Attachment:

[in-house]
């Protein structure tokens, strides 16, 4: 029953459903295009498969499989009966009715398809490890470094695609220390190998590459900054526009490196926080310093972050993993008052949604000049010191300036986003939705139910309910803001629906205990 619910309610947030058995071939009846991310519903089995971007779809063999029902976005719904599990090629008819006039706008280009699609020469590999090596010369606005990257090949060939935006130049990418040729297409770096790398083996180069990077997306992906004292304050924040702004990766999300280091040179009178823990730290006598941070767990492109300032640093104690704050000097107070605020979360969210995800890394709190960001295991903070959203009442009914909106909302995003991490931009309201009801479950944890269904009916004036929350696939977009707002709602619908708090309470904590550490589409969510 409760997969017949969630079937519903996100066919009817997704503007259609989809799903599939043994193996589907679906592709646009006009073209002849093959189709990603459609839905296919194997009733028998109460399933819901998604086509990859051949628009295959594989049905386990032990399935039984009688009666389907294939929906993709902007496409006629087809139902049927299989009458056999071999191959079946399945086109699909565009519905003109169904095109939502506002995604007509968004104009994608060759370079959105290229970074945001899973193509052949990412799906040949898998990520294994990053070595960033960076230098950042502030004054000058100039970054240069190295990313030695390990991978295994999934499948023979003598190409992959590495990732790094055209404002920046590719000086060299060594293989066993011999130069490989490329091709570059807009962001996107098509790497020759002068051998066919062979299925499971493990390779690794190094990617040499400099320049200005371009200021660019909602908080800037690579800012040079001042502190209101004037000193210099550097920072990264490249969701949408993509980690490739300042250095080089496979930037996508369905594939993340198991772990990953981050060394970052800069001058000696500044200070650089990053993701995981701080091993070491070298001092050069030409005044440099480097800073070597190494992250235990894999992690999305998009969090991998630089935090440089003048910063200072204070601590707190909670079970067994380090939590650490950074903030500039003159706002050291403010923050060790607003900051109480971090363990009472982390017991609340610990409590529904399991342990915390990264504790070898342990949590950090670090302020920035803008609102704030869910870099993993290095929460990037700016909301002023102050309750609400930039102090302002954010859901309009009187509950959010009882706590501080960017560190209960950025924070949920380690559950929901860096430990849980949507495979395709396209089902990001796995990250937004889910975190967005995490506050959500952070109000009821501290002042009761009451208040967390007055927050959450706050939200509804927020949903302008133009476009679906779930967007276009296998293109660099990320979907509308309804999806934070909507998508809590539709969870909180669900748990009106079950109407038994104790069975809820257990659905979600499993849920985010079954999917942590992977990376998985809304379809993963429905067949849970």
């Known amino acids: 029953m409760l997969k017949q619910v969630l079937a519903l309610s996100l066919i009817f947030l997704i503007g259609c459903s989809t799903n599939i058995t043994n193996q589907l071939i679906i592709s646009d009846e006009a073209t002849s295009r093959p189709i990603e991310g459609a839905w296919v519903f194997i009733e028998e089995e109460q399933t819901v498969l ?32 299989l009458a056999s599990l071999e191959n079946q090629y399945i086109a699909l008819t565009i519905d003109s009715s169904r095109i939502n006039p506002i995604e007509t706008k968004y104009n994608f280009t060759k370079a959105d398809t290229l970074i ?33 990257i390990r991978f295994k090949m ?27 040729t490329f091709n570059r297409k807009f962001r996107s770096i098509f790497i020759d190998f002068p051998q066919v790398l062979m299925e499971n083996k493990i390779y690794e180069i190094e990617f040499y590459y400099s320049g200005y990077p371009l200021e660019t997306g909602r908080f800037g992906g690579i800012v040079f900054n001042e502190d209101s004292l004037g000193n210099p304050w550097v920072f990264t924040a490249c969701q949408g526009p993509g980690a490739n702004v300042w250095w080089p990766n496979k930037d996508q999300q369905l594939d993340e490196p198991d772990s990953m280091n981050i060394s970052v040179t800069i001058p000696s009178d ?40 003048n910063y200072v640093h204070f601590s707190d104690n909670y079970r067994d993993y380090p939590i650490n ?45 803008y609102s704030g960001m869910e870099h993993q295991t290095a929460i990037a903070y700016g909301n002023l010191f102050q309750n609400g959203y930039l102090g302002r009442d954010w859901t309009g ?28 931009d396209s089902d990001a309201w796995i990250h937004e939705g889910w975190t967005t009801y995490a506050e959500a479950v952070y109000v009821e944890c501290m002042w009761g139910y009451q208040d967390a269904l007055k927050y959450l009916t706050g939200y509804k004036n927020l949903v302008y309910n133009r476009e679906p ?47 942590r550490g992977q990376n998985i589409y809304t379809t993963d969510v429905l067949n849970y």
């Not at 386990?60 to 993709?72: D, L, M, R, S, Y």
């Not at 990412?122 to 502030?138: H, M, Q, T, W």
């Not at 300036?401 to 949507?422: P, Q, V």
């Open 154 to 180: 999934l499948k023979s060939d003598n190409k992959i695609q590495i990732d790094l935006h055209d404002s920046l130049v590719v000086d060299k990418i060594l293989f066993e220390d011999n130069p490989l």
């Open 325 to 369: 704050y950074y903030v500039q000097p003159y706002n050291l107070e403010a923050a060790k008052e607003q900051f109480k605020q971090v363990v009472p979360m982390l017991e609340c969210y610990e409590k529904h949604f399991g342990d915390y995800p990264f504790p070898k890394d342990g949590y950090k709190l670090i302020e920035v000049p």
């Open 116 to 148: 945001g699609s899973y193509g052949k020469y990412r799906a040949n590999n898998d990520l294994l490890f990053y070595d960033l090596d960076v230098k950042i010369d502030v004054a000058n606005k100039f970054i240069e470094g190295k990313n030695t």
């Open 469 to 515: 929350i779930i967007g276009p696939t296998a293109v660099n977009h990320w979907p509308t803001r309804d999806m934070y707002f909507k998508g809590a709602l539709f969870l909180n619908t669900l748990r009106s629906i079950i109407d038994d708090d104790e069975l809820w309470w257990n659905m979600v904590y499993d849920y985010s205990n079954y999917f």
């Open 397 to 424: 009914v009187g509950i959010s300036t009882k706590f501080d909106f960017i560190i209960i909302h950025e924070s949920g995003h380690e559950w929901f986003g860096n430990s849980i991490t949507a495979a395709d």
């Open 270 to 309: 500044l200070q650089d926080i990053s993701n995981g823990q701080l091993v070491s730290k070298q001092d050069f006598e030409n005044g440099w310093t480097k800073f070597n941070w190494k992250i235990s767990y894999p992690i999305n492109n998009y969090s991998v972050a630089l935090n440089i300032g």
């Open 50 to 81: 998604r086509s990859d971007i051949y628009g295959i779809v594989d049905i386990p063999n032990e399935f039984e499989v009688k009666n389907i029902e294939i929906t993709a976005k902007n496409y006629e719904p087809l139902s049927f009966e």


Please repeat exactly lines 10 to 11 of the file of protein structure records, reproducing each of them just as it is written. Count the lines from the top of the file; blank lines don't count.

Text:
């Open 469 to 515: 929350i779930i967007g276009p696939t296998a293109v660099n977009h990320w979907p509308t803001r309804d999806m934070y707002f909507k998508g809590a709602l539709f969870l909180n619908t669900l748990r009106s629906i079950i109407d038994d708090d104790e069975l809820w309470w257990n659905m979600v904590y499993d849920y985010s205990n079954y999917f």
């Open 397 to 424: 009914v009187g509950i959010s300036t009882k706590f501080d909106f960017i560190i209960i909302h950025e924070s949920g995003h380690e559950w929901f986003g860096n430990s849980i991490t949507a495979a395709d």